Made in China 2025: Another CCP Dream Dashed

September 29, 2021 Updated: September 30, 2021

News Analysis

From the beginning of his reign, Xi Jinping has been preaching China’s need to end U.S. world dominance, create Chinese independence, and rewrite the global social order.

The Chinese Communist Party (CCP) ascribes names to the various plans and initiatives that it hopes will culminate in Chinese global domination, including “Made in China 2025” (MIC 25), the “Belt and Road Initiative” (BRI), “common prosperity,” “dual circulation,” and a host of other initiatives. Recently, Xi has stepped up the nationalist rhetoric, but it seems that MIC 25 and the BRI have fallen victims to China’s zero-tolerance COVID-19 policy and Xi’s crackdown on everything.

Now, Xi is promoting an intensified version of his earlier independence and global conquest narratives, but he appears to believe China will achieve world domination by cracking down internally, rather than expanding abroad.

When MIC 2025 was announced in May 2015, the goal was to invest heavily in domestic technology development in order to end Chinese dependence on foreign technology, transforming China into a global powerhouse of high-tech industries. In this way, the CCP hoped that Chinese companies would be able to compete globally, moving China up the value chain from low-end manufacturing to high-end innovation. As each of these named goals is part of a larger government strategy, MIC 2025 is a significant component to Xi’s goal of China becoming a fully industrialized nation by 2035.

Epoch Times Photo
A screen shows news coverage of Chinese leader Xi Jinping delivering a speech during a Communist Party of China and World Political Parties summit, as people walk outside a shopping mall in Beijing on July 7, 2021. (Jade Gai/AFP via Getty Images)

The CCP planned to improve China’s financial, education, healthcare, and manufacturing sectors, creating Chinese innovation, and improving manufacturing of both essential components and final products. Areas such as machine learning, which are difficult to reverse engineer, were a particular focus of these programs.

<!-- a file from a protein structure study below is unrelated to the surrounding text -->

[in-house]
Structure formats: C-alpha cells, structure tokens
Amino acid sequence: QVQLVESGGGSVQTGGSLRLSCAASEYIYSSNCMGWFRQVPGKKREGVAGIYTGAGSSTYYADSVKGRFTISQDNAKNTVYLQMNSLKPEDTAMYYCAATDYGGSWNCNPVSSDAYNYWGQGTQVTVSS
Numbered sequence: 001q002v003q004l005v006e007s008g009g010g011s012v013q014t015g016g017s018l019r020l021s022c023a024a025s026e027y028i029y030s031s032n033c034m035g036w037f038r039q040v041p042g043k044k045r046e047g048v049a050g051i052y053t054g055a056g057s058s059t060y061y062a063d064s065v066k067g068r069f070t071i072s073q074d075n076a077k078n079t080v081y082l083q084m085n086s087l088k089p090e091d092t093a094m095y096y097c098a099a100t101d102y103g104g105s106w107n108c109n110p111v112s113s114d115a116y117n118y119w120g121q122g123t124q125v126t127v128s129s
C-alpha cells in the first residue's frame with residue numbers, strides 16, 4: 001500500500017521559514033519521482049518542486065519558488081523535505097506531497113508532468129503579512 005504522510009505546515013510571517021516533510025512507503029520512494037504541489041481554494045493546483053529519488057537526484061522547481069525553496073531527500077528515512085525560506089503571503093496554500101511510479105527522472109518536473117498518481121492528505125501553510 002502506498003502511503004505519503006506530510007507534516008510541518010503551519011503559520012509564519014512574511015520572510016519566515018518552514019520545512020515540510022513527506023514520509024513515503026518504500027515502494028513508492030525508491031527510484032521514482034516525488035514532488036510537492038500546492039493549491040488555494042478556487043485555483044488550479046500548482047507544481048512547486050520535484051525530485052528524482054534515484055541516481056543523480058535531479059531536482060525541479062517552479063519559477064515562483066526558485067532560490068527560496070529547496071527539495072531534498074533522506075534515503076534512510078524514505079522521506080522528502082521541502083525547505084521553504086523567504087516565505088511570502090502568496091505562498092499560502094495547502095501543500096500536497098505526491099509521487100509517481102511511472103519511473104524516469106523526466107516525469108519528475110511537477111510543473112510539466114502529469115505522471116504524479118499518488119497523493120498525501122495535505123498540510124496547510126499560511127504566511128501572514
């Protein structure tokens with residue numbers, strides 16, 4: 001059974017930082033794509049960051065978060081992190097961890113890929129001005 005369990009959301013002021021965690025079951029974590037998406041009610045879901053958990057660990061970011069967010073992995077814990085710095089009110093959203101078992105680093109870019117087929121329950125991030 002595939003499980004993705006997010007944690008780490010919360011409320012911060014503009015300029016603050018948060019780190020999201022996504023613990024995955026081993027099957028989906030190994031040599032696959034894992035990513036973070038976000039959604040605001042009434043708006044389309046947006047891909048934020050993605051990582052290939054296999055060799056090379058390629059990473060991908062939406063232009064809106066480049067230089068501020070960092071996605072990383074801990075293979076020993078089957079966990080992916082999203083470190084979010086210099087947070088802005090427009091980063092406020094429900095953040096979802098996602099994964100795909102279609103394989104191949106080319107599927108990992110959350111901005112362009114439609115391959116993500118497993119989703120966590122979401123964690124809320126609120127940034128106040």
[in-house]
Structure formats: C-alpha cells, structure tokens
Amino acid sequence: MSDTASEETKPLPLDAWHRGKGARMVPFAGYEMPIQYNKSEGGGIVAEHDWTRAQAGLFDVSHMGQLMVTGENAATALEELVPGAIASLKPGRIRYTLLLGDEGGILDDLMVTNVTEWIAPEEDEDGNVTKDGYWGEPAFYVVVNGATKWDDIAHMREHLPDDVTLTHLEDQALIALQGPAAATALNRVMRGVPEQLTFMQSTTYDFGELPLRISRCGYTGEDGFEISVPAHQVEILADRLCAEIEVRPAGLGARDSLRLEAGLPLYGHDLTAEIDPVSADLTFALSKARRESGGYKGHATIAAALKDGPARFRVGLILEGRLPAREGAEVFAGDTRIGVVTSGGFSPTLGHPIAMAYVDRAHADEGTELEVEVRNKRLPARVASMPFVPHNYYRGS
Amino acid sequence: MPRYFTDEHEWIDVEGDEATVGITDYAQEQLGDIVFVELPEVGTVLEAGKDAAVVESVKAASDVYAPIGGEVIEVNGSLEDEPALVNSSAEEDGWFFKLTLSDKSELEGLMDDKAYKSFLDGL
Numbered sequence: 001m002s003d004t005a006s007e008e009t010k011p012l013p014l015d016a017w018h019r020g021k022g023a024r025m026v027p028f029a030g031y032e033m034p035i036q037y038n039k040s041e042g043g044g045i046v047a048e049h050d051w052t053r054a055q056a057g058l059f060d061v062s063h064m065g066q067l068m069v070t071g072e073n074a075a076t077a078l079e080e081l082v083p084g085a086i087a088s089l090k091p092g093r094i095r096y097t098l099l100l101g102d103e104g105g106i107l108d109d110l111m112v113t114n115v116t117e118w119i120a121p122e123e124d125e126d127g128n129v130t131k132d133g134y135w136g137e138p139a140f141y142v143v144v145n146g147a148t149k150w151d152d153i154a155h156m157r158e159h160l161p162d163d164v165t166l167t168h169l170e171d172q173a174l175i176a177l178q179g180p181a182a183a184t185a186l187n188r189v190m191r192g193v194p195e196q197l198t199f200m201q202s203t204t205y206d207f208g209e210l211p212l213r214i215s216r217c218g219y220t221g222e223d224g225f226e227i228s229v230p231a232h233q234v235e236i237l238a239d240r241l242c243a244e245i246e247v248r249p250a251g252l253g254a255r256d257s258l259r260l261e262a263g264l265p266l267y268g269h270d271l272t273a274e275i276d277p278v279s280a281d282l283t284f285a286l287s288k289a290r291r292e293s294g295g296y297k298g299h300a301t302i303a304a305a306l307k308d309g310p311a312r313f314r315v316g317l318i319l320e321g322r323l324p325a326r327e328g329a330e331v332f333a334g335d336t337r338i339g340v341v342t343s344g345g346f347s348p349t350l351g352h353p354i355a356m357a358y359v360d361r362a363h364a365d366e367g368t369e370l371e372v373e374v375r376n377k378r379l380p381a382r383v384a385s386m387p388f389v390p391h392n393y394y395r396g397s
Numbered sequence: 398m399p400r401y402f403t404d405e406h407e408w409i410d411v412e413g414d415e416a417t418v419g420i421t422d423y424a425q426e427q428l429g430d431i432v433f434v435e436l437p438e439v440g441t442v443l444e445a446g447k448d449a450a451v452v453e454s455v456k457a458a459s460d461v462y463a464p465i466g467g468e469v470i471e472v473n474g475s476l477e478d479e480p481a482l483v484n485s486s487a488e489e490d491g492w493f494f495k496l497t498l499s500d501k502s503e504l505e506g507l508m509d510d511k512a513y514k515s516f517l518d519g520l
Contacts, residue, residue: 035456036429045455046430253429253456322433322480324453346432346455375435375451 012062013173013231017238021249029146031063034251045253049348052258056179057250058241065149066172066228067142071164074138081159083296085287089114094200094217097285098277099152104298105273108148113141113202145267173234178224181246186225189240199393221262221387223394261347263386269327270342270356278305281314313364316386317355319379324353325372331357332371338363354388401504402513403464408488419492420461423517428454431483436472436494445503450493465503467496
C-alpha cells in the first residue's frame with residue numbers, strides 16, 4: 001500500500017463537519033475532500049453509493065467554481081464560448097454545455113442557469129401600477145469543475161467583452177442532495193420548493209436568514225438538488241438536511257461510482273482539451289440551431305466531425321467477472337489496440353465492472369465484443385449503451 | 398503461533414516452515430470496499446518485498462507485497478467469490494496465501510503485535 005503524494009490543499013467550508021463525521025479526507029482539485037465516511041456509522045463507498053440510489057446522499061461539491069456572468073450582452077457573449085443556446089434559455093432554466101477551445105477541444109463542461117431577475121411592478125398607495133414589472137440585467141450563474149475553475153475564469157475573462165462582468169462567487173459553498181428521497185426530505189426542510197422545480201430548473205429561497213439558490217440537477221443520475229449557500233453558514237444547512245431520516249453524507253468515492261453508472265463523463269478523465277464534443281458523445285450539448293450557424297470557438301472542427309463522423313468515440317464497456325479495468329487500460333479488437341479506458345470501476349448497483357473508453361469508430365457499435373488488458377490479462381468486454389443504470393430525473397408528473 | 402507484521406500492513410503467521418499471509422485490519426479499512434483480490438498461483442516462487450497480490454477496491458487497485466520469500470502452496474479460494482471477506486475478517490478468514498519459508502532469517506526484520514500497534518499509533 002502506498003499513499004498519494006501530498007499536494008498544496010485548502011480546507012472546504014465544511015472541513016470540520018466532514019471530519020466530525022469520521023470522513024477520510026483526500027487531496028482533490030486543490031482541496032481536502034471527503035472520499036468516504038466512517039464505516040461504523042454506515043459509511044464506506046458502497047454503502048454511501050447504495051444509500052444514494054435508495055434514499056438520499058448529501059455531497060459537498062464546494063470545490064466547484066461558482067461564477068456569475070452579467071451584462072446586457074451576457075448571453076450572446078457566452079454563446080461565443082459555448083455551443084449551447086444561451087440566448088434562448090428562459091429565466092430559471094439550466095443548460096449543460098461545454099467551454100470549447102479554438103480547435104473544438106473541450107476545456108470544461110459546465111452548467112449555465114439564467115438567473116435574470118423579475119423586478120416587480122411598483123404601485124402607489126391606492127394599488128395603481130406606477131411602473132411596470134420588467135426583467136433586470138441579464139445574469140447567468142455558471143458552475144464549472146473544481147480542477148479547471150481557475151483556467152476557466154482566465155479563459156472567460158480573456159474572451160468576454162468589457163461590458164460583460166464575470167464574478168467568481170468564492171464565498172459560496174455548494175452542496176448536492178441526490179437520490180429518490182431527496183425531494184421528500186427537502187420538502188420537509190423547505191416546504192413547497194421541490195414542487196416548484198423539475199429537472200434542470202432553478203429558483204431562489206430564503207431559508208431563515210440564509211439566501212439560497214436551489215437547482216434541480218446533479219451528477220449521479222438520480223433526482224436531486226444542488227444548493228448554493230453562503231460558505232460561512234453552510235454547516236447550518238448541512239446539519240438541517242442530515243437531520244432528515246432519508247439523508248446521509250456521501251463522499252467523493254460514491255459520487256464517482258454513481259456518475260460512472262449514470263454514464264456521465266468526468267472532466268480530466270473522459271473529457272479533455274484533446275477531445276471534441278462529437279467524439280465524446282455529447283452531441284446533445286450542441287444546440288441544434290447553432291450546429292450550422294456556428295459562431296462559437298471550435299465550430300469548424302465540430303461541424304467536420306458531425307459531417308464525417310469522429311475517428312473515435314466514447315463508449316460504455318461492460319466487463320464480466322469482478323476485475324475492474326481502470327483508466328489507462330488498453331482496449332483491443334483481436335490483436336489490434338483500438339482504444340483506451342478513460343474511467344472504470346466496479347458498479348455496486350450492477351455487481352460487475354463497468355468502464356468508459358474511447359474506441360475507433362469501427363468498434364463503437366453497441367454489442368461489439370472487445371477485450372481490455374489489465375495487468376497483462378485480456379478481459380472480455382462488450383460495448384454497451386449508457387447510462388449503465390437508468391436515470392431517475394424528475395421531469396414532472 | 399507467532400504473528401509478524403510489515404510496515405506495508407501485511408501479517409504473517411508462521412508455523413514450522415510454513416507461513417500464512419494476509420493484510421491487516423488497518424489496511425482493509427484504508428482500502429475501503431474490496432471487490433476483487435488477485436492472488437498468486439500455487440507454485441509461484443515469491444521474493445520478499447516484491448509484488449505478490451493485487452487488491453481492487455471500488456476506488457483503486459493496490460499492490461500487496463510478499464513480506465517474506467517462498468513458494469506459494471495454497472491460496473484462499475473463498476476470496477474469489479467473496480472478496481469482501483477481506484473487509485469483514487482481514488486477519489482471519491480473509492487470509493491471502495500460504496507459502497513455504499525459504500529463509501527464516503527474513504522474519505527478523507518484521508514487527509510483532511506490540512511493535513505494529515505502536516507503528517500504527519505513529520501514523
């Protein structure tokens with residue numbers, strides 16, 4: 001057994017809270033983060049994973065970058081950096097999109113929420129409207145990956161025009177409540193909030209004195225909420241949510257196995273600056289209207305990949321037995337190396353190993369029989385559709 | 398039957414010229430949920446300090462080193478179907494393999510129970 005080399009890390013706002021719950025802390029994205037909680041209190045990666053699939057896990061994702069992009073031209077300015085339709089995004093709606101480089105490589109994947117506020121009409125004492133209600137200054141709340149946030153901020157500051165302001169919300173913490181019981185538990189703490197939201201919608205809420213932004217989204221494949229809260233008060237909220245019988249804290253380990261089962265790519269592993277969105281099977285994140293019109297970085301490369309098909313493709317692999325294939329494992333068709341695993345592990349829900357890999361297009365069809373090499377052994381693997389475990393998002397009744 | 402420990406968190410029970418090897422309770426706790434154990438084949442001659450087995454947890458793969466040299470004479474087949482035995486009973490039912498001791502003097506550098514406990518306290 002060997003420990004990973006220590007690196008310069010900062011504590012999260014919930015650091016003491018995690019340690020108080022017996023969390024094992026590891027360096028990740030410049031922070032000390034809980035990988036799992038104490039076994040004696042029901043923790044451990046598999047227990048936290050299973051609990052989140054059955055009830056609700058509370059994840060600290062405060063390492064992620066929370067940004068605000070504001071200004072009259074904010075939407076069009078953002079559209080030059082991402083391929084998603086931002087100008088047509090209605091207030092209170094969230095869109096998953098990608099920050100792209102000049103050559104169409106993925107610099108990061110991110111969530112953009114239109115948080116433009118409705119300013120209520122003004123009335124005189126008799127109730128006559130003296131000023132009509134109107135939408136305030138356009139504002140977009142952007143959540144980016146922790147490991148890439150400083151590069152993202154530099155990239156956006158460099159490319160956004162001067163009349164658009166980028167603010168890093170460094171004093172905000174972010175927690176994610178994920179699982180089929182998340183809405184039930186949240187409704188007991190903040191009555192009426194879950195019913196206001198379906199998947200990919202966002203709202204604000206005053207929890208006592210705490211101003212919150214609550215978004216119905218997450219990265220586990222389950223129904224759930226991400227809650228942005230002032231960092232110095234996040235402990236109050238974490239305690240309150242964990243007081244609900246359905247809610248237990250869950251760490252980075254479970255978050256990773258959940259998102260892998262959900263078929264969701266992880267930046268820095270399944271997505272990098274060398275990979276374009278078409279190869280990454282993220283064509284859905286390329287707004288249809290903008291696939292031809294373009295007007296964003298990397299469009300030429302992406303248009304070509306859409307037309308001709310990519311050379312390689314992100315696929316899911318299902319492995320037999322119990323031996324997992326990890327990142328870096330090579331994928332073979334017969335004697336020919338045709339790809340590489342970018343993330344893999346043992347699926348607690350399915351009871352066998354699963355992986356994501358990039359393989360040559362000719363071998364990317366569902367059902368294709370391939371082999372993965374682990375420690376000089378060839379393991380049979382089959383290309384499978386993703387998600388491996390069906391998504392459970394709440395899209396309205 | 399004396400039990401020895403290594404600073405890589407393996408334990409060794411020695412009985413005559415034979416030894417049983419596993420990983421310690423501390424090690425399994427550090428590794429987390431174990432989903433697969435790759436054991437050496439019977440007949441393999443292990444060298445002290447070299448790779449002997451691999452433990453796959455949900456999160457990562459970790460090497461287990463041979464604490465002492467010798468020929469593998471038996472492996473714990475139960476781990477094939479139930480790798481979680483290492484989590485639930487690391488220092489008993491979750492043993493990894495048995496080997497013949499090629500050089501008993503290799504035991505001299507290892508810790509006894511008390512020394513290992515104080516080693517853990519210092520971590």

Other areas to be emphasized included wireless-sensor networks, 3D printing, industrial e-commerce, cloud computing, and big data. State banks and financial institutions made funds available to companies conducting research, particularly in the area of semiconductors. The specific target was to move China from its current level of 16 percent semiconductor self-sufficiency to a target of 70 percent.

Financial support from Beijing included grants, tax incentives, research subsidies, low-interest loans, and bonds. State funding and state plans led to a favoring of state-owned and state-controlled entities, as well as companies close to the regime. This already began to drive a wedge between the public and private sectors, which exacerbated over the intervening years.

Experts outside of China believed that, even before the pandemic economy and Xi’s recent crackdowns, MIC 2025 was not going to succeed. Basically, China’s objective was to pump money into research and development in order to reach a level of development, which the United States, Germany, and Japan had already attained. That in itself would be very expensive, and in the end, would only level the playing field, not necessarily give China an advantage. Next, the United States, Germany, and Japan not only have the advanced technology already, but also have access to manufacturing in India, where labor costs are about half of what they are in China. Beijing’s goal, conversely, was to develop the technology and then manufacture in China. So it seems China still would not have had an advantage.